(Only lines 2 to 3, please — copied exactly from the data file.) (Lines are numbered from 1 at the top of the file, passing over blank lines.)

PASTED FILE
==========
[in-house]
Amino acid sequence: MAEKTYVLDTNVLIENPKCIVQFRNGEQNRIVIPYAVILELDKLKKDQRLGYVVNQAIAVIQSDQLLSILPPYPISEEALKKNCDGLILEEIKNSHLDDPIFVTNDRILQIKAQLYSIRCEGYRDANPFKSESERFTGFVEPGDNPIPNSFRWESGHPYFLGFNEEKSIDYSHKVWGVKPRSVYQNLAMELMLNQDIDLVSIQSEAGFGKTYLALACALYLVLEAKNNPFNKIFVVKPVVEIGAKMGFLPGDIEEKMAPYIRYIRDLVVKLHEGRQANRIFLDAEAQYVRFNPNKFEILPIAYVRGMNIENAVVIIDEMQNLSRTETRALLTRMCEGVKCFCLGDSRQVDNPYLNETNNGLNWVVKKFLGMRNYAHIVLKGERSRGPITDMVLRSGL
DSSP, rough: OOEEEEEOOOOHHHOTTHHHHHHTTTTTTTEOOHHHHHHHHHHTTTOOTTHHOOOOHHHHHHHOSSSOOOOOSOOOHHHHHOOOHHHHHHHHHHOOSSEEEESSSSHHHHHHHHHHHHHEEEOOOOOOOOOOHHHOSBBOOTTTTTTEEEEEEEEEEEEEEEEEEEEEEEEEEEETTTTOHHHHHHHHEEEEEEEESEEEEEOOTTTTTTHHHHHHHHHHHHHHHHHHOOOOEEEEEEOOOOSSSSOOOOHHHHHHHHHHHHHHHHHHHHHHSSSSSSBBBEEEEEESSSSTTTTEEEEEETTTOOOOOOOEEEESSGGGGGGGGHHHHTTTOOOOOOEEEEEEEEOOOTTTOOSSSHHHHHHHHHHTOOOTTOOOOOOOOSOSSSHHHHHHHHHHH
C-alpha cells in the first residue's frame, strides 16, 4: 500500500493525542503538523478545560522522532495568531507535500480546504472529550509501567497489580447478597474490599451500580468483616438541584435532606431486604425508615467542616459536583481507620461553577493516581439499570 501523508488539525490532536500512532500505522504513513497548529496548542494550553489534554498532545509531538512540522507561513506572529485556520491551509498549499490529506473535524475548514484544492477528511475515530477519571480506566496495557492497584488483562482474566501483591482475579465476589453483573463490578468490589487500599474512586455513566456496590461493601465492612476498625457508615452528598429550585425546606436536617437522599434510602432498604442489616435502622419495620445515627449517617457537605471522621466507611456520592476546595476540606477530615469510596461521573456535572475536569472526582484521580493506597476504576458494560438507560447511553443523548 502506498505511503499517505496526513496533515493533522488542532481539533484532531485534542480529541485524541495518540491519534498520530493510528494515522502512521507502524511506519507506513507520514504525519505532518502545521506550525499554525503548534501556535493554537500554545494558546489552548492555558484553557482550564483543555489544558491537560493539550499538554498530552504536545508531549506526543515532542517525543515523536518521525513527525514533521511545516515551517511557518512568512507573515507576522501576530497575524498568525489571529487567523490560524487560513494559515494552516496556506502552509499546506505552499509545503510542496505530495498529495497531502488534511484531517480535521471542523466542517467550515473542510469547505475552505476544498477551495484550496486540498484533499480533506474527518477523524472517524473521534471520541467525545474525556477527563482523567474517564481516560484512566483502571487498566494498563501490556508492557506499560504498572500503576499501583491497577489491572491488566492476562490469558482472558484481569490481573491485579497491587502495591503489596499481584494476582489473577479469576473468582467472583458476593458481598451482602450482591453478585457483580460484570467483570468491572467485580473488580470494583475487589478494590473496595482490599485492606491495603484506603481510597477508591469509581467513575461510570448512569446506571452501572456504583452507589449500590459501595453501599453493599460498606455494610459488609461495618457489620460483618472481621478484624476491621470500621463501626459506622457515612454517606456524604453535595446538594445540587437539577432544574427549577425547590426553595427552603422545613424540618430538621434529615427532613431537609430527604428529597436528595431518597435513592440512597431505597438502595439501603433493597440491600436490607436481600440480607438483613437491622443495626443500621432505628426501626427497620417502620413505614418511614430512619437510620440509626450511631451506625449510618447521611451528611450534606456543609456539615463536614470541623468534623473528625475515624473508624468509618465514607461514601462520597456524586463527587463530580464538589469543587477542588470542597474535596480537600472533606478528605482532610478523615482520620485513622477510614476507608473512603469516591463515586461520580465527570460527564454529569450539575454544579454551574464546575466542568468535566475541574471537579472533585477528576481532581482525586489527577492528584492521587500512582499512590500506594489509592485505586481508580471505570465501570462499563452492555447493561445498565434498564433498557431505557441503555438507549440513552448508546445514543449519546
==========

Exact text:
Amino acid sequence: MAEKTYVLDTNVLIENPKCIVQFRNGEQNRIVIPYAVILELDKLKKDQRLGYVVNQAIAVIQSDQLLSILPPYPISEEALKKNCDGLILEEIKNSHLDDPIFVTNDRILQIKAQLYSIRCEGYRDANPFKSESERFTGFVEPGDNPIPNSFRWESGHPYFLGFNEEKSIDYSHKVWGVKPRSVYQNLAMELMLNQDIDLVSIQSEAGFGKTYLALACALYLVLEAKNNPFNKIFVVKPVVEIGAKMGFLPGDIEEKMAPYIRYIRDLVVKLHEGRQANRIFLDAEAQYVRFNPNKFEILPIAYVRGMNIENAVVIIDEMQNLSRTETRALLTRMCEGVKCFCLGDSRQVDNPYLNETNNGLNWVVKKFLGMRNYAHIVLKGERSRGPITDMVLRSGL
DSSP, rough: OOEEEEEOOOOHHHOTTHHHHHHTTTTTTTEOOHHHHHHHHHHTTTOOTTHHOOOOHHHHHHHOSSSOOOOOSOOOHHHHHOOOHHHHHHHHHHOOSSEEEESSSSHHHHHHHHHHHHHEEEOOOOOOOOOOHHHOSBBOOTTTTTTEEEEEEEEEEEEEEEEEEEEEEEEEEEETTTTOHHHHHHHHEEEEEEEESEEEEEOOTTTTTTHHHHHHHHHHHHHHHHHHOOOOEEEEEEOOOOSSSSOOOOHHHHHHHHHHHHHHHHHHHHHHSSSSSSBBBEEEEEESSSSTTTTEEEEEETTTOOOOOOOEEEESSGGGGGGGGHHHHTTTOOOOOOEEEEEEEEOOOTTTOOSSSHHHHHHHHHHTOOOTTOOOOOOOOSOSSSHHHHHHHHHHH